Hopelessness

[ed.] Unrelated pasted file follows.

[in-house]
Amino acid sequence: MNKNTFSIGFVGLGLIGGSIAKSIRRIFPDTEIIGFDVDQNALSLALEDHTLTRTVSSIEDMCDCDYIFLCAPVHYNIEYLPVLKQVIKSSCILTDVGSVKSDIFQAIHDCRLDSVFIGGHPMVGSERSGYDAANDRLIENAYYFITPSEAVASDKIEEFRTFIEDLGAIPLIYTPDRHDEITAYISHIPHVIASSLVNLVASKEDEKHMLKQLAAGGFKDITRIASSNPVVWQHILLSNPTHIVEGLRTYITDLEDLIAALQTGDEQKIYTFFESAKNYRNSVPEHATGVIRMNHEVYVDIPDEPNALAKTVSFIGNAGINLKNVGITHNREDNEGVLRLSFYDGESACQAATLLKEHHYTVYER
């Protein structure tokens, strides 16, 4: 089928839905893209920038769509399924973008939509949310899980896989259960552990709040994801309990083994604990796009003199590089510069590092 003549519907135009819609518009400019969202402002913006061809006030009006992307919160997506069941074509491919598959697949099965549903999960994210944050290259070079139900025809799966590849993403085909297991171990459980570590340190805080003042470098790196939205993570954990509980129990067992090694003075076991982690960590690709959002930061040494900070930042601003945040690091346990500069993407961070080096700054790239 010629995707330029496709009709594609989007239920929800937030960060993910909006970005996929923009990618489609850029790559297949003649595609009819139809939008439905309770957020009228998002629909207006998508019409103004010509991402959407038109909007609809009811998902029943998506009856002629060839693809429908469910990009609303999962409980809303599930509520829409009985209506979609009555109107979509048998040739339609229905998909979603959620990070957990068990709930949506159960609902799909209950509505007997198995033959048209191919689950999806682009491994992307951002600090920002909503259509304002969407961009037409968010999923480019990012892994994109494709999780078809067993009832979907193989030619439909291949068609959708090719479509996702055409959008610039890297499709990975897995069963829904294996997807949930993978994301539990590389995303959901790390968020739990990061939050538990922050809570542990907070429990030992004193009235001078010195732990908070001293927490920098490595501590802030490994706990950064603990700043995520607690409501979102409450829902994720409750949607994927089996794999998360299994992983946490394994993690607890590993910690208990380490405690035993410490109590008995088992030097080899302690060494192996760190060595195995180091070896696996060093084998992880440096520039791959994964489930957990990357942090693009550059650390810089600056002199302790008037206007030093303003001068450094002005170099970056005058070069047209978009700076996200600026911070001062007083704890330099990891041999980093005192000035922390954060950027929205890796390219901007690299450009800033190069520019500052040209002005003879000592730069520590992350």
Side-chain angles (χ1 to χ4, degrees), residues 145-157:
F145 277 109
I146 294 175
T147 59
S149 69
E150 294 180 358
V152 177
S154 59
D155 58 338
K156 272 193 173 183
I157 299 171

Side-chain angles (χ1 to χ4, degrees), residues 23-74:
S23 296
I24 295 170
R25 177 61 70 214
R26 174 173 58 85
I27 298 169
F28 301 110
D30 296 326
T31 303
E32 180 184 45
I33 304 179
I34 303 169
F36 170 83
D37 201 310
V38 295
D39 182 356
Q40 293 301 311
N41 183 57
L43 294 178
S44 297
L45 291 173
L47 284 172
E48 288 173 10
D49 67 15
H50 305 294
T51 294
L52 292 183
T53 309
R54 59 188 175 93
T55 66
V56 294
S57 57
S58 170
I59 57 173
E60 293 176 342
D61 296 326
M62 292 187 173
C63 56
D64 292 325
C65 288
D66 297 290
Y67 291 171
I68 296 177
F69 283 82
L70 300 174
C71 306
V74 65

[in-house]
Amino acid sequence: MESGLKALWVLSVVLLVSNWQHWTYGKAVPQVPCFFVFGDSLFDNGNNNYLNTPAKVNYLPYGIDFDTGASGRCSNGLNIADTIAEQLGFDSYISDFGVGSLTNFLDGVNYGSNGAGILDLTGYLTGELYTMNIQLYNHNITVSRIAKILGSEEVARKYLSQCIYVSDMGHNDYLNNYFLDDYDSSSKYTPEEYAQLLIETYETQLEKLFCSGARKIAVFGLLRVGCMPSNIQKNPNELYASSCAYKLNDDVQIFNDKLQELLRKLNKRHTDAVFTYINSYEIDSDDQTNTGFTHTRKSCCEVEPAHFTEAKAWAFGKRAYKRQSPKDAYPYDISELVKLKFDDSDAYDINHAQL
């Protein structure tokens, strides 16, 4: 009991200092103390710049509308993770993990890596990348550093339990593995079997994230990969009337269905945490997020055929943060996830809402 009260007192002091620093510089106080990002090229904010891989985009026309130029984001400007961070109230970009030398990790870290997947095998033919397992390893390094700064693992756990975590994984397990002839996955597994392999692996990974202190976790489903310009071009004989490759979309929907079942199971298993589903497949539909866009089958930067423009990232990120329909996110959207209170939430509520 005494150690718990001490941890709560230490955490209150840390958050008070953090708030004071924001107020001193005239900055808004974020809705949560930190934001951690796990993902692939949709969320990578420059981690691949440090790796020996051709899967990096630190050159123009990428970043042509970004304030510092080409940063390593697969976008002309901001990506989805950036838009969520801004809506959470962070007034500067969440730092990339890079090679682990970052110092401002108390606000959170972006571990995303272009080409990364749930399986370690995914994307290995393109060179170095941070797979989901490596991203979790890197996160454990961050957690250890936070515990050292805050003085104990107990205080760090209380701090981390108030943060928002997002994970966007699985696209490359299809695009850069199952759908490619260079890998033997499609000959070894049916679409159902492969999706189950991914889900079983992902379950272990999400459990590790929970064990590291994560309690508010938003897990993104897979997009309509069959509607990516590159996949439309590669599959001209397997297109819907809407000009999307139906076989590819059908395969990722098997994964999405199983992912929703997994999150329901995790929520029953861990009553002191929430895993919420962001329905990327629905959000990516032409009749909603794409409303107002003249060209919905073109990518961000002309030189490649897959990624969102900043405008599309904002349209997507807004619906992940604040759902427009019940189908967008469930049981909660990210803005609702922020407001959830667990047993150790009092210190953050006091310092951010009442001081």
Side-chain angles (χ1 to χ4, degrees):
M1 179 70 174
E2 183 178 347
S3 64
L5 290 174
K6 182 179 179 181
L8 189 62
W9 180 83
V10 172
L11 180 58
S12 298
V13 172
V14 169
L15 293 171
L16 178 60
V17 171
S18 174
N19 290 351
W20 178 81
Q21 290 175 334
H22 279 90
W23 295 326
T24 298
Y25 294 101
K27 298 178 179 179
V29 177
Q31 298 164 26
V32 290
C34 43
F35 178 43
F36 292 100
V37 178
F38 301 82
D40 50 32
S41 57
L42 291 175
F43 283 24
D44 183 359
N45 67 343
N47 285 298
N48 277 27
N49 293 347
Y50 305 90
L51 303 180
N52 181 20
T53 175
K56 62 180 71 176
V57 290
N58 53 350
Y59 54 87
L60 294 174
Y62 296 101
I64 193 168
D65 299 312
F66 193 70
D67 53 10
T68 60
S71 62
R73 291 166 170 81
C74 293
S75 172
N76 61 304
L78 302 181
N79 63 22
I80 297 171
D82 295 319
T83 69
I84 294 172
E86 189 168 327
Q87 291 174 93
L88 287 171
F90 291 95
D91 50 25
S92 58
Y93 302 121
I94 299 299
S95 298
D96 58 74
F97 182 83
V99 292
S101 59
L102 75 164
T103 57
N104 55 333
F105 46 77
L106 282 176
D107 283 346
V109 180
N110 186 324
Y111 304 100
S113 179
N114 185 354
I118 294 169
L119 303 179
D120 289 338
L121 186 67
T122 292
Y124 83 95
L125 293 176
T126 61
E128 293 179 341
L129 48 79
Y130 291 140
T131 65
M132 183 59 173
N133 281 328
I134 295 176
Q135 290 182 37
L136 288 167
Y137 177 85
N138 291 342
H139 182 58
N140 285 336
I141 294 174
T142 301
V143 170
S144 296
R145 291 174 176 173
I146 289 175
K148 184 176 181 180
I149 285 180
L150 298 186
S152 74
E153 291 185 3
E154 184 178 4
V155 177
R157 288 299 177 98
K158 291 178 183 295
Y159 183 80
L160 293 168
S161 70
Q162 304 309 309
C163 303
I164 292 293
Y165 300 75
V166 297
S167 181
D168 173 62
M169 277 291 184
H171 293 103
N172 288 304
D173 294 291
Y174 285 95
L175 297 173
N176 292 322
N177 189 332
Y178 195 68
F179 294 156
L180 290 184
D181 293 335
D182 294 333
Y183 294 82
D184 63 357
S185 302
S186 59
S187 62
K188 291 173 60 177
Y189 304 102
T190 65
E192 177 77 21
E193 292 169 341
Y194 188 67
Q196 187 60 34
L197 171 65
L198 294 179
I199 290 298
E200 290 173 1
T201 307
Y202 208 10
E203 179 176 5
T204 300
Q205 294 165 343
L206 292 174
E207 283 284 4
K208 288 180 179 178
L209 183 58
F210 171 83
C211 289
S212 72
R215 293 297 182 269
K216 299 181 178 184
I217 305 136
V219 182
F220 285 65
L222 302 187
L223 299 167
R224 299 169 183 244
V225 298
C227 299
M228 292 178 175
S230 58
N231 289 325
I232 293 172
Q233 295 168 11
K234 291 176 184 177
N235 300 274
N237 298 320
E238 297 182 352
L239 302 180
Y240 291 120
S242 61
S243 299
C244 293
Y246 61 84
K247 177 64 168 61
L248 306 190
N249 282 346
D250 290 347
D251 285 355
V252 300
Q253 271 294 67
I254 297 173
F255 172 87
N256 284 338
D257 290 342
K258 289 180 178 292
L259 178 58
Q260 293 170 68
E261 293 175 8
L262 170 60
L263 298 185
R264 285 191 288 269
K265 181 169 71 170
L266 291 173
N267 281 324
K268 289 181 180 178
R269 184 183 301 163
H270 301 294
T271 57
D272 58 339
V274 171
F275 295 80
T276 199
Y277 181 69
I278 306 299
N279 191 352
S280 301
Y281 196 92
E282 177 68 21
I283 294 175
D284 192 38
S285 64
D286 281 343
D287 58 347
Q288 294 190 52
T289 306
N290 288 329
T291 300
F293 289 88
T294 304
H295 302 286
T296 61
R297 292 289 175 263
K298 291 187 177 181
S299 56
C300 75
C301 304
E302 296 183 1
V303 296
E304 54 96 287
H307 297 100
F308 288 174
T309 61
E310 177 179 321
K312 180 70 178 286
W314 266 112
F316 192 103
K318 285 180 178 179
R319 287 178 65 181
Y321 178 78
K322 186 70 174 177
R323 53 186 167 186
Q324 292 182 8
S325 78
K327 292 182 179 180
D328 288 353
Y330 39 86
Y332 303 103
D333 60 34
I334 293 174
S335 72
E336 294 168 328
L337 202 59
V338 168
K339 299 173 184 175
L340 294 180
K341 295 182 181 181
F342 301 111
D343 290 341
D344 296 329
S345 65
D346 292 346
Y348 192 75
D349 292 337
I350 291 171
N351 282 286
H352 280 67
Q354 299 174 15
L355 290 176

Hopelessness is the most potentiating factor for suicide to become a fait accompli. Suicidal checking-out and cashing-out is a saturation of life’s demands, a capitulation to life, and denotes a life that is ill-suited to meet needs. Humans require at least a modicum of hope to go on. A hopeless life is a tormented and troubled life that is extremely out of balance and is un/ill-healthy. A person is most vulnerable to suicide during self-devolutionary meltdown times of hopelessness. Most people don’t want to die! They just want to end the pain. To suicide is the answer to the existential question, “Is life worthwhile?” For Albert Camus, “killing yourself amounts to confessing. It is confessing that life is too much for you or that you do not understand it  . . . . . there is but one truly serious philosophical problem and that is suicide. Judging whether life is or is not worth living amounts to answering the fundamental  question of philosophy.” (1955) I ask, “Is it ever appropriate to end life’s journey <–> to shorten one’s story?” If so, what makes it appropriate? Is suicide an act of violence against the Self? I wonder where suicide fits into Albert Schweitzer’s “reverence for life.” It is a sad commentary and catastrophic situation for a person to make their life expendable by ending it through suicide.  In an ideal world no life would be thrown away.

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